Then for our color blending experiment, we split the celery stalks down the center, about halfway up the stalk, and then created smaller slits in the base of the stalks just like in the control group.  By putting the three glasses of red, yellow, and blue water into a triangle, we could easily stick a stalk into red and yellow, one in yellow and blue, and one in blue and red.  We talked about which colors we were trying to create, and Becca told Gray all about how mixing colors works, which was a great learning experience for both of them.

Then, Becca made her predictions.  She predicted that the blue would climb the stalk the fastest, and that purple would be the first color combination we would see show up.

By just a few hours in, the blue color in the control group was already showing, and hints of blue were showing in the experimental group as well.  She was so excited that her first prediction was correct!  We’ll leave the celery stalks out for one week and discover if the colors will blend in the stalks, or if they will stay as separate colors.

For older kids, you can easily use this lesson to discuss how roots distribute water to the rest of the plant, and even to illustrate how our blood vessels carry blood to the rest of our bodies.

ALTERNATE IDEA: If you have easy access to white carnations, they are easy to do this with, as well, and the results are quite lovely (and will be pretty to look at for quite a while.)  Just be careful when you split the stems in half to put into the colored water because they are easily breakable.  Also, you won’t need to create slits in the base of the stem, simply make sure to cut the stem at an angle for optimum water absorption.

Looking for easy and fun rainbow activities for your toddlers?  Check out these ides from my friend, Melissa over at Rolling Prairie Readers!

Writing About Thankfulness


In my original post in this series, I mentioned setting up a Thankful Journal for Becca, and I showed how I put it together.  I wanted to show you how my original plan evolved, and what we’re doing.  Becca has decided also that she wants to do her journal every day until the book is full!  So, at least for now, we’re thinking we’ll keep doing this beyond November.


I had her practice her handwriting to write the title on the cover, and then she has been having great fun looking through magazines to find illustrations for things she is thankful for.  Right now, I’m writing “I am thankful for” and then she finishes the sentence and writes the date.  We practice sounding out the words to figure out how to spell them, and I help her with silent letters or tricky spellings.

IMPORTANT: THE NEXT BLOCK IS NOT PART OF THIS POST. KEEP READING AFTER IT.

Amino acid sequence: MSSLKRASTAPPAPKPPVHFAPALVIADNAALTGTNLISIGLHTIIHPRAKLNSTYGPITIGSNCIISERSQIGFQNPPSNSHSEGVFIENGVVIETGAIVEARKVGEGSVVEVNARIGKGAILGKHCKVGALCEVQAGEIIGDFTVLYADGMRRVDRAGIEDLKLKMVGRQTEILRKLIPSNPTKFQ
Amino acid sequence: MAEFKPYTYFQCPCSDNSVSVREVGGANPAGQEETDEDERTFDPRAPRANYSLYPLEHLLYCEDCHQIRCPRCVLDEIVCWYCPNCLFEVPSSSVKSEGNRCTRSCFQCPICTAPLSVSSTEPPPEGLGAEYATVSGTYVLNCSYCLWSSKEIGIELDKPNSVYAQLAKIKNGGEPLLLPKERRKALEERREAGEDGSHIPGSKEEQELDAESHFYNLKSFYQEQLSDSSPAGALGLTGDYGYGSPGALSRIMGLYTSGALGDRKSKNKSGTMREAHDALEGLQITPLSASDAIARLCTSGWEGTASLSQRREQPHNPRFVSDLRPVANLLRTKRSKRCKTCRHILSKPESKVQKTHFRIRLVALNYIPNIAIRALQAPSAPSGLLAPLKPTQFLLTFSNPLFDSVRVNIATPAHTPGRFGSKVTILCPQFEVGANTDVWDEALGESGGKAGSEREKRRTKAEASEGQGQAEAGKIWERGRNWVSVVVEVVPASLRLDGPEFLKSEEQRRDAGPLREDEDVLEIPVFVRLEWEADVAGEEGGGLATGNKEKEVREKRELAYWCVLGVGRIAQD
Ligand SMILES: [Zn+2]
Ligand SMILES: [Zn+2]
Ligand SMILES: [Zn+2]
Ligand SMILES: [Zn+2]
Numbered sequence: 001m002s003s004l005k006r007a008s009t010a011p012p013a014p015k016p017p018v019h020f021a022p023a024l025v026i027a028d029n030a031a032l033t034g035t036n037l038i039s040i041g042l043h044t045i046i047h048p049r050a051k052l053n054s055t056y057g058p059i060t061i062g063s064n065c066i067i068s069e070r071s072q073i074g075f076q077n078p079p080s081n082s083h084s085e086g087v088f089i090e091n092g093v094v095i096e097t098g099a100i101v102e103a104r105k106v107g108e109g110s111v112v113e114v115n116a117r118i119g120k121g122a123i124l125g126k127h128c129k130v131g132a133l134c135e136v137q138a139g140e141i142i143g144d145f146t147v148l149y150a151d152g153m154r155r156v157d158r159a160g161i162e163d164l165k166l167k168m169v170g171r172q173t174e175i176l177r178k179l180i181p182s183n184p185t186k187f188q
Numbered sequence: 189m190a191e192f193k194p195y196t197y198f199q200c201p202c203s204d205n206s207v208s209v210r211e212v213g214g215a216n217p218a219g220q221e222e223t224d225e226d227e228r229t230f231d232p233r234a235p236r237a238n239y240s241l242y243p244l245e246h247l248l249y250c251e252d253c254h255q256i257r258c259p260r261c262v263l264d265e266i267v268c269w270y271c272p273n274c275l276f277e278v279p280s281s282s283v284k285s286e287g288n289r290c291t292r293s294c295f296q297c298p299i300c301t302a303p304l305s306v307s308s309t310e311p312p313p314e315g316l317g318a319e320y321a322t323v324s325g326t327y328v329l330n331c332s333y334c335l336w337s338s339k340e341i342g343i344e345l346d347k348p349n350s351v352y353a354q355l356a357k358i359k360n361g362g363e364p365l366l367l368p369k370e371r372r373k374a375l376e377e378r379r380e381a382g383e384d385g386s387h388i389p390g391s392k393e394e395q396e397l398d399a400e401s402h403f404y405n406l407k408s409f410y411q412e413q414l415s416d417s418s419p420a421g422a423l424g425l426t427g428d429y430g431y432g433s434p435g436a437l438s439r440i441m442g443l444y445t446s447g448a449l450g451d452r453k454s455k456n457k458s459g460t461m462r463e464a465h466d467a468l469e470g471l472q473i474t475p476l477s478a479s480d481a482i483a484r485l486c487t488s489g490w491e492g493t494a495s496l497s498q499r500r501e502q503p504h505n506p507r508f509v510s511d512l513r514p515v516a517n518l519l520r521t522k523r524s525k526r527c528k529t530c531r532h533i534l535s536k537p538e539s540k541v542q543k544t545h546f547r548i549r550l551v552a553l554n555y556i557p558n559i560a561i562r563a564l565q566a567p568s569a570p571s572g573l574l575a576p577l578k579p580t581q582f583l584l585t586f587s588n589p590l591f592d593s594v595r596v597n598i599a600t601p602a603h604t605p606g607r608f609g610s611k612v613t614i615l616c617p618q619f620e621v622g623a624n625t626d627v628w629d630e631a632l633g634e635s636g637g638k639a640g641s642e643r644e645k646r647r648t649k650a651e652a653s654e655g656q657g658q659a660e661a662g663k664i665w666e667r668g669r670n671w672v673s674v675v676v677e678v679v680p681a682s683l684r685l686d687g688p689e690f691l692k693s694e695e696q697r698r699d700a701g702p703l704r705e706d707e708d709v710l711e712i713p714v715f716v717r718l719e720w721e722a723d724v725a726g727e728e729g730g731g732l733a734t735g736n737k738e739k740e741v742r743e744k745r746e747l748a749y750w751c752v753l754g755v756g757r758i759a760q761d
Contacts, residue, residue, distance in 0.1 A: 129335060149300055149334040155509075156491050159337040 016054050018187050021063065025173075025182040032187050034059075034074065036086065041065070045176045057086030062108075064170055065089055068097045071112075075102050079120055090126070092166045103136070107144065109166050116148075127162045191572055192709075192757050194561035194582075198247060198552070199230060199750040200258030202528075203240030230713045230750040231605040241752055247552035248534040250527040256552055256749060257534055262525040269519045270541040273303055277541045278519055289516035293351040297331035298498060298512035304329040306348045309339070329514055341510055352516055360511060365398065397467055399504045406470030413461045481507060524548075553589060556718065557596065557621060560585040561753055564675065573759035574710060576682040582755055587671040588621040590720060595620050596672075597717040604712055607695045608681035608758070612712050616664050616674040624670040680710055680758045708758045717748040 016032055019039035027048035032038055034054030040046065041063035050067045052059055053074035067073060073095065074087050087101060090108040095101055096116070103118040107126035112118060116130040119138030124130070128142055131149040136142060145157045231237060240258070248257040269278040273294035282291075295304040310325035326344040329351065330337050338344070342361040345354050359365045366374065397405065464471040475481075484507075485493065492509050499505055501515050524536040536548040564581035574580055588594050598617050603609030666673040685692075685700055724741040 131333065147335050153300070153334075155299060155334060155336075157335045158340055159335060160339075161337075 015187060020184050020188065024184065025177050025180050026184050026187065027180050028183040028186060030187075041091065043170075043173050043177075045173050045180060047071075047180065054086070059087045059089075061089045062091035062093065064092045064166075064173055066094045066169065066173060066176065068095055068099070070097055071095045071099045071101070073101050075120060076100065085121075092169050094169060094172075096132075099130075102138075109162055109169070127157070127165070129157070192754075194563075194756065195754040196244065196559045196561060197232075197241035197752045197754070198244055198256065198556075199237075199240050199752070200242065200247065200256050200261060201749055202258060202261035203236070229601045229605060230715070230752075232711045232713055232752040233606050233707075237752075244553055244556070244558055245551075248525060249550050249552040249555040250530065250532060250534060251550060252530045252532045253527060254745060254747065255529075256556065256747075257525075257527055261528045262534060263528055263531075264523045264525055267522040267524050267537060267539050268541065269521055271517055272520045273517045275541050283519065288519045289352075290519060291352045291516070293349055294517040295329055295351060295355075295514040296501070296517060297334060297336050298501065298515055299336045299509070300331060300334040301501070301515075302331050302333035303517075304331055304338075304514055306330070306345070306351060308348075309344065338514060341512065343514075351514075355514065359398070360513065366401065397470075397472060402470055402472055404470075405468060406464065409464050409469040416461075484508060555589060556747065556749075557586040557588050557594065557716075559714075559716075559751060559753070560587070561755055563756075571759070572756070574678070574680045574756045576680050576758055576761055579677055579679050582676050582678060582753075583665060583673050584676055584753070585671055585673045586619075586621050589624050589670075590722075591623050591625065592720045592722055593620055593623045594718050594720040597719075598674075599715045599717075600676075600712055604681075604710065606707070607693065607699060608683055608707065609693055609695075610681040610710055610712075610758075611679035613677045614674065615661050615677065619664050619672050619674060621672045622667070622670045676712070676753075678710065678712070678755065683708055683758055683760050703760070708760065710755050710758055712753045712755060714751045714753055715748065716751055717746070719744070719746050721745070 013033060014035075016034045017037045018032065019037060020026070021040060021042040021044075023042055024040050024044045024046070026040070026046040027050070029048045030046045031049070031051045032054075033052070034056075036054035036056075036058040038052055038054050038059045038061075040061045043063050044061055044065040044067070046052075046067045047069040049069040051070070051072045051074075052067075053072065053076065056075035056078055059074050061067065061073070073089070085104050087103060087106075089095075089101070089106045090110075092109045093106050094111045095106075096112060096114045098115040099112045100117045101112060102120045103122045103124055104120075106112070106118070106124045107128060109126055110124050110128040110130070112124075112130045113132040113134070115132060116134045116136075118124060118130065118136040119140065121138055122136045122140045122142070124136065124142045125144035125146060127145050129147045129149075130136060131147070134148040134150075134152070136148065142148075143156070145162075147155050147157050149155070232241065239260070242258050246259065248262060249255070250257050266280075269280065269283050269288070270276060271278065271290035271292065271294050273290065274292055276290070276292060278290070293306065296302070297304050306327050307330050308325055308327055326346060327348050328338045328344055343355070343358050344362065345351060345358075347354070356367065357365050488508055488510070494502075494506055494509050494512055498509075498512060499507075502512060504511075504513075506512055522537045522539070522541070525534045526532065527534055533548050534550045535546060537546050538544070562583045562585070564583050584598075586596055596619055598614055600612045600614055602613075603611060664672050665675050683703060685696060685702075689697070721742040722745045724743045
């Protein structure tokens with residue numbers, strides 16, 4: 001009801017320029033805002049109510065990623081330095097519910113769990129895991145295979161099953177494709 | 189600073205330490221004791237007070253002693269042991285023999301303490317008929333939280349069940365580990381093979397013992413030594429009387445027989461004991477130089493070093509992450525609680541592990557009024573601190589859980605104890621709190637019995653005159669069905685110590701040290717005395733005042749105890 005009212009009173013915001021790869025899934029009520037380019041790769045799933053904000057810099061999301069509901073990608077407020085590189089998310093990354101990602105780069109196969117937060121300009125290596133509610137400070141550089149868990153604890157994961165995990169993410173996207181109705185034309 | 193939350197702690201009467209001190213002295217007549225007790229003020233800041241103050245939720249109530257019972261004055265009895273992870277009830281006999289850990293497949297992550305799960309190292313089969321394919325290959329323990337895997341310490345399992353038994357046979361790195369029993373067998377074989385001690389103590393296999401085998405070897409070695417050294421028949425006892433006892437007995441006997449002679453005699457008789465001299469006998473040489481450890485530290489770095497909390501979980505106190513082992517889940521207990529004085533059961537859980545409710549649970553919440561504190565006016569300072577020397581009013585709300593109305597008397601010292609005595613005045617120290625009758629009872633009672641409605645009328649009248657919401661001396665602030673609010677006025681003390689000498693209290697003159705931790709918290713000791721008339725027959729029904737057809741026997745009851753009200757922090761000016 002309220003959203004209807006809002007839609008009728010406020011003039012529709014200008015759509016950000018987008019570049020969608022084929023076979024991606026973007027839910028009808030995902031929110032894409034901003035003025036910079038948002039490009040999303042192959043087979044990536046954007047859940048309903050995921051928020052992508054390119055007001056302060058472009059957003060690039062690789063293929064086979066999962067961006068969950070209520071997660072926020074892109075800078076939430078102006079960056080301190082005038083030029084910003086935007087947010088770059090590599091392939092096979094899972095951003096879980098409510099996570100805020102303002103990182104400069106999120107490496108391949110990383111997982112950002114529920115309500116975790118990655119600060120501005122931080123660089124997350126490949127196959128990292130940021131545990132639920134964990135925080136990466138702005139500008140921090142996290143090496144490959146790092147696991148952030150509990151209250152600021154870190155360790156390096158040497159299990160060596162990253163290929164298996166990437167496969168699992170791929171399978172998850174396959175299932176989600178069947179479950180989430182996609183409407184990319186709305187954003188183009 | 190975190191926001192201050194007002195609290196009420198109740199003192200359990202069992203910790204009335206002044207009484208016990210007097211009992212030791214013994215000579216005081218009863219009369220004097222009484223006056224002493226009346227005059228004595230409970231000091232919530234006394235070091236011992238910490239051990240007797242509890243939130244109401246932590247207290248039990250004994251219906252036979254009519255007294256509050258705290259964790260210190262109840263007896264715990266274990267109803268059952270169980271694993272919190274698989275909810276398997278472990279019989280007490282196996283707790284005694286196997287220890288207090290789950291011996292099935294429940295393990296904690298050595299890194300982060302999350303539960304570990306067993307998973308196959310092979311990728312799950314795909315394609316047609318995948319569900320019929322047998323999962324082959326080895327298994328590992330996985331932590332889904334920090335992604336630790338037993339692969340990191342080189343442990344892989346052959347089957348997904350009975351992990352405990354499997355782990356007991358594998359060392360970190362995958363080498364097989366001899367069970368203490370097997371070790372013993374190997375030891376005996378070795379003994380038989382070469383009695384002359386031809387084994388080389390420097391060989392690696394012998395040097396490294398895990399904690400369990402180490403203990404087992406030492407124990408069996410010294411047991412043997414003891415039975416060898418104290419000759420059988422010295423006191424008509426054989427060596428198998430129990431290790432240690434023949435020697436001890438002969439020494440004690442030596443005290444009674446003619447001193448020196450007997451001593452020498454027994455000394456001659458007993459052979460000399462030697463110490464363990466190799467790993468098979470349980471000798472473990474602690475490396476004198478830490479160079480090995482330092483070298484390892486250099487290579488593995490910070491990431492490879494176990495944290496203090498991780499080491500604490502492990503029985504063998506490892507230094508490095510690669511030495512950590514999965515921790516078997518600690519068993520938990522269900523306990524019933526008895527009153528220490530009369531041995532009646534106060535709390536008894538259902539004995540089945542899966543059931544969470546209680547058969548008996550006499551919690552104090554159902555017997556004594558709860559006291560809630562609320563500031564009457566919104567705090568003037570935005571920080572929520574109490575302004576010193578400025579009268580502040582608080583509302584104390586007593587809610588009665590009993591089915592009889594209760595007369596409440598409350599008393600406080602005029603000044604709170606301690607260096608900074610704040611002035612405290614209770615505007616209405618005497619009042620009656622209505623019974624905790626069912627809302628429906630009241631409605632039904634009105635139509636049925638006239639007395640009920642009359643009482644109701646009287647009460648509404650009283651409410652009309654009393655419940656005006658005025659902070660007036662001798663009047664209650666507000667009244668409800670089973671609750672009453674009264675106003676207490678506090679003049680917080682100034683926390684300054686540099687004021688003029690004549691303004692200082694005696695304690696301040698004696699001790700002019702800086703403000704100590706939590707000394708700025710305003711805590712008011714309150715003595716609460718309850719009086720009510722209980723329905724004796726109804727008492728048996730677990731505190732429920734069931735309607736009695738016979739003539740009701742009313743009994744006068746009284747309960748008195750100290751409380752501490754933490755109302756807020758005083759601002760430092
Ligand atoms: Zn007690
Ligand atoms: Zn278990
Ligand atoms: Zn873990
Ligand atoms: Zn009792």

I love her beginning handwriting – her periods are gigantic, and so are her letters. Many of her letters are backwards, and some end up sideways. Early writing is so cute!

Another super fun writing activity that we did, I actually wrote the words, but she came up with them.  We did this Thankful Alphabet activity, which is a free printable found here.


Then we hung it on the refrigerator with Grayson’s list of friends he is thankful for (See my Toddler Thanksgiving post here).  The kids love having their thankful lists on the fridge!


Yup. That says “Lepidopterists” on L, and “Unicorns” on U. Because that’s the world we live in – one that is very scientific and based in fact, but dusted with glitter, fairy dust, and lots of make believe. 🙂

Looking for more fun FREE Thanksgiving writing and handwriting printables?  Just click on the pictures below to see what else we’re working on this month!






Seed Study: Collecting and Sorting


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It also contains links to previous posts to give you even more ideas…
happy reading!

It’s that time!!  Fall is upon us, and here in South Texas we’ve finally had a couple days with highs below 80F!  It’s actually jacket weather in the early mornings, and it’s going to be time very soon for this gardener to get back outside and clean up my flower beds that turned to weeds in the heat of the summer.  Becca has been feeling the change in the air, too… and has been begging to get outside and explore again, which is awesome!